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Google honors computing's first developer Ada Lovelace

Babbage's 'Enchantress of numbers' remembered

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Google has started the week with a Google Doodle offering a rather belated acknowledgement of the contribution of computing of Ada Lovelace, who wrote the first theoretical software algorithm for her friend Charles Babbage's Analytical Engine.

Lovelace, daughter of mad, bad, and dangerous to know Lord Byron, was a close associate of Babbage, who in 1843 called her his "Enchantress of numbers," and she was a prominent mathematician of her time. Lovelace was fortunate to receive a top-level education in a time when most women were taught to be seen and not heard and her mathematical skills endeared her to Babbage.

In turn, Lovelace was intrigued by the possibilities of Babbage's designs for the Difference Engine and Analytical Engine that were the first mechanical computers ever designed, if not built. Lovelace published a proposed algorithm for the latter engine for tabulating Bernoulli numbers, and also spotted a bug in one of Babbage's own programs.

Of course, it was over a century before Babbage's designs were eventually brought to fruition, and Lovelace never received the recognition she deserved in her lifetime, although the US military did name the ADA programming language in her honor in the 1980s and in 1998 she was awarded a posthumous medal from the British Computer Society.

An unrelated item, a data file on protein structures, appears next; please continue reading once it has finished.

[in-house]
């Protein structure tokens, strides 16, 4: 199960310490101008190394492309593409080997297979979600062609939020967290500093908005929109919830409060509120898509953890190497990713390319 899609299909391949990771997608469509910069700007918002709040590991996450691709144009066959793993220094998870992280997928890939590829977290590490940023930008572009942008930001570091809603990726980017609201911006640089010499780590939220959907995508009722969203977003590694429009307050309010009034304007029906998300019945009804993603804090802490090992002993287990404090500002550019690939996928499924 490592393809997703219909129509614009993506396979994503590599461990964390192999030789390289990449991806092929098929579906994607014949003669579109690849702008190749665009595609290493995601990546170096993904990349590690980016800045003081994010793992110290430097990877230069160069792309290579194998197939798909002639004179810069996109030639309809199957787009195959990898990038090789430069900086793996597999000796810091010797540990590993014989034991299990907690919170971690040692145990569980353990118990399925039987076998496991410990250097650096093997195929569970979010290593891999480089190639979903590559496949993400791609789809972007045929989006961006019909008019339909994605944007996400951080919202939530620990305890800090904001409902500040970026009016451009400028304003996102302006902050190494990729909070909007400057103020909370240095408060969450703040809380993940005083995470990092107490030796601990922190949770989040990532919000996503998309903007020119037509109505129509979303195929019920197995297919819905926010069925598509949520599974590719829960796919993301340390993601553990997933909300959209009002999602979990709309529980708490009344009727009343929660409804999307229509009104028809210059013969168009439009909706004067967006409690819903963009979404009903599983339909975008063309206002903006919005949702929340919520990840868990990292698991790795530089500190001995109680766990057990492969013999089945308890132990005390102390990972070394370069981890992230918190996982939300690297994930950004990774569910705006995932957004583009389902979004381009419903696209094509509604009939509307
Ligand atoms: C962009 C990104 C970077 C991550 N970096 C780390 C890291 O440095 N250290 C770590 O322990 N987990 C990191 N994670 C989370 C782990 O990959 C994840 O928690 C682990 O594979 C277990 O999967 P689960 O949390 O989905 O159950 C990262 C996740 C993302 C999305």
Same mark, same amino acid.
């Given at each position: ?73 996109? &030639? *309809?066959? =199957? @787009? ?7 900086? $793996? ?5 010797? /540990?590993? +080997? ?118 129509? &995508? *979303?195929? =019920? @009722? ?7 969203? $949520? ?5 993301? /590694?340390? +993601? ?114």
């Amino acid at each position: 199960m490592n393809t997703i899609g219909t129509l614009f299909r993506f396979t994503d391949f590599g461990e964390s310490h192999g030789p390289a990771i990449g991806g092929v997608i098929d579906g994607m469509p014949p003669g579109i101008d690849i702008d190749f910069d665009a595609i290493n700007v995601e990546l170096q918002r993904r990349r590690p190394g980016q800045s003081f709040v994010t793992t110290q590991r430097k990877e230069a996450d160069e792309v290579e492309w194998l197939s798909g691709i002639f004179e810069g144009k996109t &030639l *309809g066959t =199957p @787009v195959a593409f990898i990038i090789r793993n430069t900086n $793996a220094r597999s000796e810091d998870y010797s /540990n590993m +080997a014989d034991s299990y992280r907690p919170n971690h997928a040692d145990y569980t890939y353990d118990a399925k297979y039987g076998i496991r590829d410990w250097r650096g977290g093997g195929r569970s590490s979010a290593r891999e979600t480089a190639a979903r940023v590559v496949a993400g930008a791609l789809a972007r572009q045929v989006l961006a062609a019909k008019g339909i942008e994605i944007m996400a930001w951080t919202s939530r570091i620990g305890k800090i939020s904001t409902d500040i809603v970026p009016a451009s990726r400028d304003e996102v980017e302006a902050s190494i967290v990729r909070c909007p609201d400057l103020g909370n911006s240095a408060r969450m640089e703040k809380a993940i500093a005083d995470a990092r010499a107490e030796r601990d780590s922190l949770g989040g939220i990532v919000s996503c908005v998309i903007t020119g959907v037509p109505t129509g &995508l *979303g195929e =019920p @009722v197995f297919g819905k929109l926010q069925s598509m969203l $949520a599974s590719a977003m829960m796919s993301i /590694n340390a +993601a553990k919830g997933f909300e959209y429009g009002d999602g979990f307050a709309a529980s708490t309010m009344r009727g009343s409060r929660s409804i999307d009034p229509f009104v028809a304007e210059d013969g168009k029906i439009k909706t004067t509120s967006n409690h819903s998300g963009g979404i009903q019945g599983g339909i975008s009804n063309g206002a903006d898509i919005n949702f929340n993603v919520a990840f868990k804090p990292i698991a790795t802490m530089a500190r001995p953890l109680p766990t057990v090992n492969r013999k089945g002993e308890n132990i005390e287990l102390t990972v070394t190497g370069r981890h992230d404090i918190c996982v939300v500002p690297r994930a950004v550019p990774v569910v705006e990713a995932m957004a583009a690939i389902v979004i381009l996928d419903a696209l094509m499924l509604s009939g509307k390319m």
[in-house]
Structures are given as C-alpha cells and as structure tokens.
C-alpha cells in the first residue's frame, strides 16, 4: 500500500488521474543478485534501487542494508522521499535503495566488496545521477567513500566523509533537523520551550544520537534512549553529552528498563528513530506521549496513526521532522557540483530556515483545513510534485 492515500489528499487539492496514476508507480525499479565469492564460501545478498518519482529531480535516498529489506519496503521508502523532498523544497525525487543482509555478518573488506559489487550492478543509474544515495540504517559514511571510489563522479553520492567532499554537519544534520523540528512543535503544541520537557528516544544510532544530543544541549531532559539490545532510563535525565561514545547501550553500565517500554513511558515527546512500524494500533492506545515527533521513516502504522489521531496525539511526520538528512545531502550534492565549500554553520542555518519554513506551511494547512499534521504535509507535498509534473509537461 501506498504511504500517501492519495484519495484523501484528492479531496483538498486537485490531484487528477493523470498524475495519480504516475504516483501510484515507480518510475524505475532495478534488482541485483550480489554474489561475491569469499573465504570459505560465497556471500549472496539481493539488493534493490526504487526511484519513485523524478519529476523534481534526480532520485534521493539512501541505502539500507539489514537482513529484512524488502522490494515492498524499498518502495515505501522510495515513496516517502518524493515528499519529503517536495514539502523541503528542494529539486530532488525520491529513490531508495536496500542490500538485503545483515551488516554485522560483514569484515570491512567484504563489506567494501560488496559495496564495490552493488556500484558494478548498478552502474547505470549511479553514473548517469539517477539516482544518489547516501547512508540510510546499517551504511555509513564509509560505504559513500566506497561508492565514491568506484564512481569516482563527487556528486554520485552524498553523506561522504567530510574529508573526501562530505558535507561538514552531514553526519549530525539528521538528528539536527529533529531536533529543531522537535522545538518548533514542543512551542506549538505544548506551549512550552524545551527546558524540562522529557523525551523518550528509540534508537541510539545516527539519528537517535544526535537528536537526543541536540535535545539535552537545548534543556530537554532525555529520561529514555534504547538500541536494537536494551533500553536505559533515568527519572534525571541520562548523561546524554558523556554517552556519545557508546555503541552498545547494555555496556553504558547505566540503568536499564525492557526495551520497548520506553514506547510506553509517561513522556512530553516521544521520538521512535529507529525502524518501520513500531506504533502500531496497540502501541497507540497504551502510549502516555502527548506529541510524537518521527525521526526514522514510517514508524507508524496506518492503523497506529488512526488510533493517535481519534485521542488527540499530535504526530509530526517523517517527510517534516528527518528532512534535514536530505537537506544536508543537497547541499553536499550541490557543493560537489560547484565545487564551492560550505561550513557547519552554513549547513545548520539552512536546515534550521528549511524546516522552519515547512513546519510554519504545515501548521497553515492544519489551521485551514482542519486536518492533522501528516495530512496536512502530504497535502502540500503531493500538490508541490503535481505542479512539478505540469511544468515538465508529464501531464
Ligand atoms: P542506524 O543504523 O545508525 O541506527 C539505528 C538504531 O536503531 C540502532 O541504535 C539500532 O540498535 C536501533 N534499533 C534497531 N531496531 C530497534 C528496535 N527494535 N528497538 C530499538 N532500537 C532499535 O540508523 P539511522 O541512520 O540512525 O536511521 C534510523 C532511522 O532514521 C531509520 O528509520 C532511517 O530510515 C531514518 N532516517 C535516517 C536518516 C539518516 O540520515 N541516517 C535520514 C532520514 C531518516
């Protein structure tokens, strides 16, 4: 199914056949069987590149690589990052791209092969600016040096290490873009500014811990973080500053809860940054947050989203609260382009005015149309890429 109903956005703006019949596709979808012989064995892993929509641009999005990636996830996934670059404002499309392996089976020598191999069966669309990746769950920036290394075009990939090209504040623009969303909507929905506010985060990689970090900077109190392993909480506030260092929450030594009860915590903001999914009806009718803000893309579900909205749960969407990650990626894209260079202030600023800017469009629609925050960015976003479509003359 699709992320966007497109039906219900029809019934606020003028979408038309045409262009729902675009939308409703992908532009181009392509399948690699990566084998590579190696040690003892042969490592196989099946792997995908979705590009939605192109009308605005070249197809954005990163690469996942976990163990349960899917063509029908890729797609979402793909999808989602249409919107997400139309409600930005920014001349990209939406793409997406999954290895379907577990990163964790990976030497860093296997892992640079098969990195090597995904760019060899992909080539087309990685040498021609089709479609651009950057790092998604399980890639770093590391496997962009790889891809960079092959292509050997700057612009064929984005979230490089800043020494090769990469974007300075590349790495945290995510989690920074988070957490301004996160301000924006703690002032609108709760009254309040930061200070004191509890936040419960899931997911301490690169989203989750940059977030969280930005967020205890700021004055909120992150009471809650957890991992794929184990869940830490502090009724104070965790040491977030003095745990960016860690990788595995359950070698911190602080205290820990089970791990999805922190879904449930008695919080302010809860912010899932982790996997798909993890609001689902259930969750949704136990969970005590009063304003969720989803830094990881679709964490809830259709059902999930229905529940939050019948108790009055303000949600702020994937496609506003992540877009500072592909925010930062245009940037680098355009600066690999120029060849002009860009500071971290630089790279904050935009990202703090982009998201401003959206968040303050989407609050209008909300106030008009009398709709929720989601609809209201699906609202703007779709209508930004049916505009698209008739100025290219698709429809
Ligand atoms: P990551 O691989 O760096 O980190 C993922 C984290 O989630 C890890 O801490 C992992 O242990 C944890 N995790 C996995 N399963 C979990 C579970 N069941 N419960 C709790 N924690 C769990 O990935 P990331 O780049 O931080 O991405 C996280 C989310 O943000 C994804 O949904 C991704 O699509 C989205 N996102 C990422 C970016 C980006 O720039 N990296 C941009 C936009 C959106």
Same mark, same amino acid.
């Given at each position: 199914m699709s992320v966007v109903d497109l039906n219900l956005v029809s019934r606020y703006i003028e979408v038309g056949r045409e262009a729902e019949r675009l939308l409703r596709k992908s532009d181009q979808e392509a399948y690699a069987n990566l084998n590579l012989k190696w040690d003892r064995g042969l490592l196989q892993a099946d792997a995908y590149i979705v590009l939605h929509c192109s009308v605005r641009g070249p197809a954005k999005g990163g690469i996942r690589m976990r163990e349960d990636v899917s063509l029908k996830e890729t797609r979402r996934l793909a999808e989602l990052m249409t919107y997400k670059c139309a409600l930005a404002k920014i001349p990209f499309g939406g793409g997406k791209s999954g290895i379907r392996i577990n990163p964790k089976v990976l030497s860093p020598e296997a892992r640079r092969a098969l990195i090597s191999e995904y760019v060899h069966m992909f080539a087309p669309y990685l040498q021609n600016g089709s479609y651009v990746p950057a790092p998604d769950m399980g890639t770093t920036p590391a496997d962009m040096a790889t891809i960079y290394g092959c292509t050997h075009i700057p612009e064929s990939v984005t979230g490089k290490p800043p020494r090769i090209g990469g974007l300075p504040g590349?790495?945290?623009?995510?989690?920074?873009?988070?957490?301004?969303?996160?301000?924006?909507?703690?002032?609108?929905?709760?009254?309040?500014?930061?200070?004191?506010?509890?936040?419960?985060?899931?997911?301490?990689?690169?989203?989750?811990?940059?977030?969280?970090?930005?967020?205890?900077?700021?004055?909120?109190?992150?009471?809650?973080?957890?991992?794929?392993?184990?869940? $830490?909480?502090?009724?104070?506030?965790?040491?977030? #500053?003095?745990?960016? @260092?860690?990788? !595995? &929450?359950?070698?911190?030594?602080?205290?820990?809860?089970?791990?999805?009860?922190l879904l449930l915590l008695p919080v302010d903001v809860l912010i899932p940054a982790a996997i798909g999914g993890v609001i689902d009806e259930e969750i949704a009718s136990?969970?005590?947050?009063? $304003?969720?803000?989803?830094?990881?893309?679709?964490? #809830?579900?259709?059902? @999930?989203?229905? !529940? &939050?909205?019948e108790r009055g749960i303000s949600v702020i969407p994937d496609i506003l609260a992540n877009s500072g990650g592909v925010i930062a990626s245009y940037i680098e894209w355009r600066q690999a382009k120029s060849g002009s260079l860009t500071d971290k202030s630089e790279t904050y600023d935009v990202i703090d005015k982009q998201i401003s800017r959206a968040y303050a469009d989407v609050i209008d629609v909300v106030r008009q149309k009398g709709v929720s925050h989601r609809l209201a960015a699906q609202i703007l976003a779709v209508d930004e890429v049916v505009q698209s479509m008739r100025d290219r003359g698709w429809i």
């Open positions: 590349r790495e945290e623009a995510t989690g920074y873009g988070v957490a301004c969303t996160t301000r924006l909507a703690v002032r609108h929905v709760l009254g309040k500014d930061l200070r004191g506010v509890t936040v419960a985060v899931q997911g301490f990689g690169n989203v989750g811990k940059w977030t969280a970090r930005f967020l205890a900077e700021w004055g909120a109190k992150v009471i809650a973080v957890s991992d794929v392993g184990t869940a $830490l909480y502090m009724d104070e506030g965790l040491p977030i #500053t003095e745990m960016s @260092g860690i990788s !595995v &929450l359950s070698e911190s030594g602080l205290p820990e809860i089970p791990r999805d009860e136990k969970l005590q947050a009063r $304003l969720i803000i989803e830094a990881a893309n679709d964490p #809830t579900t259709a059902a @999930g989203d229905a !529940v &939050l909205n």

But she still tops the list of other great underrerated female computing legends, such as Turing Award winners Frances Allen and Barbara Liskov and the late, great Rear Admiral Grace Hopper, who gave us the first compiler, helped invent COBOL, and popularized the term "bug" to indicate a code fault.

Even Google is coming to Lovelace's cause late in the game. Monday's Doodle is a response to the 198th anniversary of Lovelace's birth, but it might have been more appropriate to do the image last month on November 27, the 150th anniversary of her death, or on Ada Lovelace Day on October 16 this year.

Nevertheless every little bit helps, and perhaps more people will appreciate that, boyish as it is, IT has been and will always be of interest to both sexes – something too many school systems still don’t recognize. ®

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